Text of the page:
“This show is being recorded for an album release on Columbia Records and you can’t say hell or shit or anything like that. How does that grab you Bob?”~Johnny Cash, January 10, 1968
Fifty years ago today, Johnny Cash recorded one of the most influential albums in modern music history at Folsom State Prison.
It had been a decade and a half since he’d written Folsom Prison Blues and though he hadn’t much experience with incarceration, the song captured the experience and prisoners wrote to him, asking him to perform there.
Though this was his first prison recording, it was not the first time he’d performed in one. Long an advocate for the power of redemption, he’d been visiting and performing in prisons for years. In one early concert at San Quentin, a young Merle Haggard sat in the audience, enraptured. The experience was pivotal to Haggard’s own music career — when he mentioned it on Cash’s TV show years later, the network got letters from viewers, upset that they’d featured a convict. It seemed the concept of redemption hadn’t reached everyone.
Cash’s own life had featured little time behind bars, though as he was to relate in his 1969 concert at San Quentin, he had spent a night in jail in Starkville, Mississippi. He once told Haggard, “you’re everything that people think I am.”
Both of those concert albums continue to sell, in various versions, having each gone triple platinum. But the impact goes beyond sales.
From the first moment on stage, it is clear that Cash had the live audience in the palm of his hands. He was on their side and they knew it.
If they didn’t, Cash was willing to send them a few not-so-subtle messages. He taunted the guards when they were slow bringing him a glass of water. When his microphone developed a loose screw, he called out to the staff, “Can somebody come screw this microphone?” He referenced his guitar case “where I keep all my dope.”
Of course, the main reason the concert was possible was that Cash was finally off the dope. But he knew how to play the audience and he knew the experience of addiction, which he clearly demonstrated in “Cocaine Blues.”
During the San Quentin concert, Cash performed two songs that hadn’t been heard before. One was the Shel Silverstein-penned “A Boy Named Sue,” which he’d previously been unsure of, but would become a monster hit. Another was his song “San Quentin,” in which he derided the entire prison experience, declaring to the facility–and to massive cheers–that “you did no good.” The audience clamored so loudly, he was forced to repeat the song.
He wasn’t above using juvenile humor to reach his audience, including the songs “Dirty Old Egg-Suckin’ Dog” and “Flushed from the Bathroom of your Heart.”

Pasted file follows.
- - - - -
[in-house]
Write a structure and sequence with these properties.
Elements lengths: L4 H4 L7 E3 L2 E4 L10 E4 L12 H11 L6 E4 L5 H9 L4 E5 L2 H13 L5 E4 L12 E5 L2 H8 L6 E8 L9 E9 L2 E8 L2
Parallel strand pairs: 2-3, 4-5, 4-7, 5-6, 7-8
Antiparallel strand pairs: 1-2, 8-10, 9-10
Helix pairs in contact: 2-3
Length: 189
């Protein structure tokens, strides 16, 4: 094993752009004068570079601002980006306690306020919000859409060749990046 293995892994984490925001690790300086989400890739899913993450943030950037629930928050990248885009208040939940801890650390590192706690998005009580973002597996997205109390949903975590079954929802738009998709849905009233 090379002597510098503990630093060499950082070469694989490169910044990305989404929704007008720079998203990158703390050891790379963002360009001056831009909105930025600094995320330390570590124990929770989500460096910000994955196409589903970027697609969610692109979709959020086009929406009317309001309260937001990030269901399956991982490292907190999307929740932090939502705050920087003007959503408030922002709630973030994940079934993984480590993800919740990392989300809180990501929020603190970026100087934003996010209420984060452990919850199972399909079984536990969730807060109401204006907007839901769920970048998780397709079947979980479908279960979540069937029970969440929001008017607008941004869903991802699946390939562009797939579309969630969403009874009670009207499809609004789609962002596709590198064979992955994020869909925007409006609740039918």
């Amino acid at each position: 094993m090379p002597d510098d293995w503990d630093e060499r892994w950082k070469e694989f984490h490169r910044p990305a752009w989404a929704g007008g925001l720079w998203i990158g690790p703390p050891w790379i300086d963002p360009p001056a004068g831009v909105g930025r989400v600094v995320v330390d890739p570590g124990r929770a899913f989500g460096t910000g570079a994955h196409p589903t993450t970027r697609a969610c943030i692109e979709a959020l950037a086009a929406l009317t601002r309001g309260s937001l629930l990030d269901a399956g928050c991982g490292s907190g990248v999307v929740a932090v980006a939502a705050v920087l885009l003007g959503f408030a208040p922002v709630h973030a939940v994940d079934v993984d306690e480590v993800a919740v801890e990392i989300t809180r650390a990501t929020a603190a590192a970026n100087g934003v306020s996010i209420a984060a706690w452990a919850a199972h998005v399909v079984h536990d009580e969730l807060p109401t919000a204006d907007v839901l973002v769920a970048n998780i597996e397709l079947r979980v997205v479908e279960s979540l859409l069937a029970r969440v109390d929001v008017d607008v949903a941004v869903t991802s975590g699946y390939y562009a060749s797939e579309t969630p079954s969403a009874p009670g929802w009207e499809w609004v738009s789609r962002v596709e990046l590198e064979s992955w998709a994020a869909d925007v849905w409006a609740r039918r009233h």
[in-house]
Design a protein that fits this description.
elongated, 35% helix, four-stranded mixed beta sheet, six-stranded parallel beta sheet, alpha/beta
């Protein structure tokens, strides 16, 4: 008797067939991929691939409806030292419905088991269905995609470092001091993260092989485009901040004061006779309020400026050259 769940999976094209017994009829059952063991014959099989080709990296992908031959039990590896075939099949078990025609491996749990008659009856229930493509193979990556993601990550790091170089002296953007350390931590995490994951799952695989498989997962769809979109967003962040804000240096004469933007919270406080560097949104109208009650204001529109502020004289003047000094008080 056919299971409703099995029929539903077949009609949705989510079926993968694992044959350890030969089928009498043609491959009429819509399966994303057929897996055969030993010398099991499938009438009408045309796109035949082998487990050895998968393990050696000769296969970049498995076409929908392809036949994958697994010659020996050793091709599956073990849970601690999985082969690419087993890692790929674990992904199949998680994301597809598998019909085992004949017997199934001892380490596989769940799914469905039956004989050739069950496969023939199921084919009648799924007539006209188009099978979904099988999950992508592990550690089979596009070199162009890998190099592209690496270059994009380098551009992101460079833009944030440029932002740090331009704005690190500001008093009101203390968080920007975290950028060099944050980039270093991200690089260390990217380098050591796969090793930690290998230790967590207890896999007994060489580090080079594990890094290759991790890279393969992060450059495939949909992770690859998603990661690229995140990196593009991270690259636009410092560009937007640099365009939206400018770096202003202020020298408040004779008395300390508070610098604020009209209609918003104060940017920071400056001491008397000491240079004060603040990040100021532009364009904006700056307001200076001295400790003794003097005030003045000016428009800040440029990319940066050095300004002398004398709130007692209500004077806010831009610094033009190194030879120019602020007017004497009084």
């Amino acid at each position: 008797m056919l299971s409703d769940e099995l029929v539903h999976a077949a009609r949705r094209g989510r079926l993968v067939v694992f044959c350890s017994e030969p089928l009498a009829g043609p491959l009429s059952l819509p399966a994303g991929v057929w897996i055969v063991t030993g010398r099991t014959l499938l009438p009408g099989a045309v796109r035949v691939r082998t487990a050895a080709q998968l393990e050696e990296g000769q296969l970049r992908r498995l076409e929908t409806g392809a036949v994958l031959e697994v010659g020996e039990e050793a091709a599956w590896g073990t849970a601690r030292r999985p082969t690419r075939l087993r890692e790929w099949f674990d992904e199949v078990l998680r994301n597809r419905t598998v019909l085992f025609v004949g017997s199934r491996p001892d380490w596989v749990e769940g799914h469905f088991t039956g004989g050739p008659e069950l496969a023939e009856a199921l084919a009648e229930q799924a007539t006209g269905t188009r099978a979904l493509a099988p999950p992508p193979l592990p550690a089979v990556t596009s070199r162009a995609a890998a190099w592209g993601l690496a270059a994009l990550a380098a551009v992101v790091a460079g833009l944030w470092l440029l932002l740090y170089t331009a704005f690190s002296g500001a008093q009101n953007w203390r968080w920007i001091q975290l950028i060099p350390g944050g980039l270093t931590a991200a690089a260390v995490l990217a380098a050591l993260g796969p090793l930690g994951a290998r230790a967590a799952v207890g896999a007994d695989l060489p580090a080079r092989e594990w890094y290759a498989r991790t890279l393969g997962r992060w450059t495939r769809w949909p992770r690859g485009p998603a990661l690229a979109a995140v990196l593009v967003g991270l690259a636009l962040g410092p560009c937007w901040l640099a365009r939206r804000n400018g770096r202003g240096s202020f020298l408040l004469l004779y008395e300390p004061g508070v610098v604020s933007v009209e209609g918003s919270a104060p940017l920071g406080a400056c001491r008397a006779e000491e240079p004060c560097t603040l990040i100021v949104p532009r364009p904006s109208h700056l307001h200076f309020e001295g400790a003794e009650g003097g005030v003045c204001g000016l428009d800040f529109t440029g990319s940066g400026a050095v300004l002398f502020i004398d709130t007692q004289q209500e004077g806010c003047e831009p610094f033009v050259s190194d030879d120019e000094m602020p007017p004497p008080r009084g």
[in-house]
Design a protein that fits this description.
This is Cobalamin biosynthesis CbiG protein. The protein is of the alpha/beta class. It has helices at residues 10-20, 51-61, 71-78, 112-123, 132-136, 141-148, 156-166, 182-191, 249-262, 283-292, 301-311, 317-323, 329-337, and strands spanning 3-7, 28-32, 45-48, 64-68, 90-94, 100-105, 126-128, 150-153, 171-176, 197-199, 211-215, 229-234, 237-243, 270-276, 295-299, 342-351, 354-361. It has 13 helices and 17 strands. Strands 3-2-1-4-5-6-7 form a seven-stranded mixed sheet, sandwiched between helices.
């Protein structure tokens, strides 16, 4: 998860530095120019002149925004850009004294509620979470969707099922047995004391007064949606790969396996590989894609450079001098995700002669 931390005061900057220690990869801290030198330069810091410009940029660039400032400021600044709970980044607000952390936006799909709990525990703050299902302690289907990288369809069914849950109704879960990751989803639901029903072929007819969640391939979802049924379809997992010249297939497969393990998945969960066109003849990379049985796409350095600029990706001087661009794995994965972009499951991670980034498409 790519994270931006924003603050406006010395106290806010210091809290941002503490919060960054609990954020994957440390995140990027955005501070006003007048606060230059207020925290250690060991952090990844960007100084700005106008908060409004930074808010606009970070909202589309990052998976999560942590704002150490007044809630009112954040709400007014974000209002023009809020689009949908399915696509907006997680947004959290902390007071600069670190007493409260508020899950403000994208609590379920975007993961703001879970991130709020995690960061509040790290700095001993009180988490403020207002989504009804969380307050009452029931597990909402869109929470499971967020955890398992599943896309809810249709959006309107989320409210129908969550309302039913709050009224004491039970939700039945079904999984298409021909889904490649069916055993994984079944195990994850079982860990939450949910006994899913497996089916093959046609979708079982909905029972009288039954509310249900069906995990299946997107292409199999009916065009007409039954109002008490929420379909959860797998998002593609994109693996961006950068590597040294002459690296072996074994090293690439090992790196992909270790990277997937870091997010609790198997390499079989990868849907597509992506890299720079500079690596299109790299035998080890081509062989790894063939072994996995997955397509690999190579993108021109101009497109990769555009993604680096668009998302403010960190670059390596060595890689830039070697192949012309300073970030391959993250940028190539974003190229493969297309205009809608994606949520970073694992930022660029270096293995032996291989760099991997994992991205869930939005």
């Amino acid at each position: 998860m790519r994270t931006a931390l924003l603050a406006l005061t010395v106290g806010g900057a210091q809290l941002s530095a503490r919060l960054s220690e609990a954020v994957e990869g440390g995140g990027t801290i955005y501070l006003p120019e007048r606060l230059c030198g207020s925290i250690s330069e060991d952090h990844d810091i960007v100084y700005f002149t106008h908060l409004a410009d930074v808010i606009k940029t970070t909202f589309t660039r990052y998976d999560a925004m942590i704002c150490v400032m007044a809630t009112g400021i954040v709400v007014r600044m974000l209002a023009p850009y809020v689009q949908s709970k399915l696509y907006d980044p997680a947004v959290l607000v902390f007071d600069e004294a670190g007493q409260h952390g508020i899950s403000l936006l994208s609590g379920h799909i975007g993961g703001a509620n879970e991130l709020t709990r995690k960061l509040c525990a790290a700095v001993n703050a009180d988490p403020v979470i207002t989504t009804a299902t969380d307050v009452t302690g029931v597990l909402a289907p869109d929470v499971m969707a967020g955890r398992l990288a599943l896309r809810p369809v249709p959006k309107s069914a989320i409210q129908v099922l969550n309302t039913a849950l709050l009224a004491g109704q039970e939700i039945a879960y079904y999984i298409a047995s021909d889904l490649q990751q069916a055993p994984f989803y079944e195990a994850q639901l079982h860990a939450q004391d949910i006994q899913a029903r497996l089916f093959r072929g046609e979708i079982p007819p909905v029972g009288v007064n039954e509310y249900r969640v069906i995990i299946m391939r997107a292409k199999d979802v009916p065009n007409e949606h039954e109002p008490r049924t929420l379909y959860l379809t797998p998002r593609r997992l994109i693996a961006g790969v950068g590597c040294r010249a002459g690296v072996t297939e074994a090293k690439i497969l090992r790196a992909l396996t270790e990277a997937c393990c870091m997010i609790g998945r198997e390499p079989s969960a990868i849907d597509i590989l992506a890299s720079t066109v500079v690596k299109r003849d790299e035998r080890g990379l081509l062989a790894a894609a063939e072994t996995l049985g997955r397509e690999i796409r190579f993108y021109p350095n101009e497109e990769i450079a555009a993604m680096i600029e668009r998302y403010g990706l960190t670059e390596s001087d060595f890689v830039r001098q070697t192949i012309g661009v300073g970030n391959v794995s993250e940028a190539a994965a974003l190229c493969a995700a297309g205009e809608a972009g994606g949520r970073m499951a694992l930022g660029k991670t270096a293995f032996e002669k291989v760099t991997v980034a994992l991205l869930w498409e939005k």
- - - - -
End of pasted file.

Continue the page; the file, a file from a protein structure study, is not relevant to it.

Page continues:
Perhaps the best example of this was a song that wasn’t released on the original album version of the concert. “Joe Bean” is about a young man imprisoned and about to be executed for a crime he didn’t commit and applying for a pardon from the governor on his birthday. It turns out however that, as his mother well knows, he’s committed just about every other possible crime and the reason she knows of his innocence is that he was robbing a train at the time. The governor does call, but not to prevent his execution; he simply wished Joe Bean a happy birthday on his way to the gallows.
Most artists wouldn’t have attempted such macabre humor, especially in front of prisoners. Cash knew his audience and they loved it, and him for it.
Singing with June Carter, whom he later married, he flirted. “I like to watch you talk,” he teased. She shot right back, “I’m talkin’ with my mouth. It’s way up here.”
The power of redemption fills the album, as it did Cash’s life. Without the slightest sense of irony, he switched from potty humor and drug references to gospel songs. He ended the Folsom concert with “Green Green Grass of Home” and “Greystone Chapel,” a song written by a Folsom prisoner. At San Quentin, he prefaces “Folsom Prison Blues” with “Peace in the Valley” and later (only on some editions of the concert recording) three additional gospel songs.
He didn’t just understand his audience; he knew the power of his connection to them. With a single word, he probably could have started a riot. Instead, he turned them toward faith and redemption.
Cash would go on to record other prison albums and both before and since, he created some of the most iconic work in music history. But none were as valuable.
**A version of this piece will also appear in the Porterville Recorder on January 10th, 2018.
Photo: Getty Images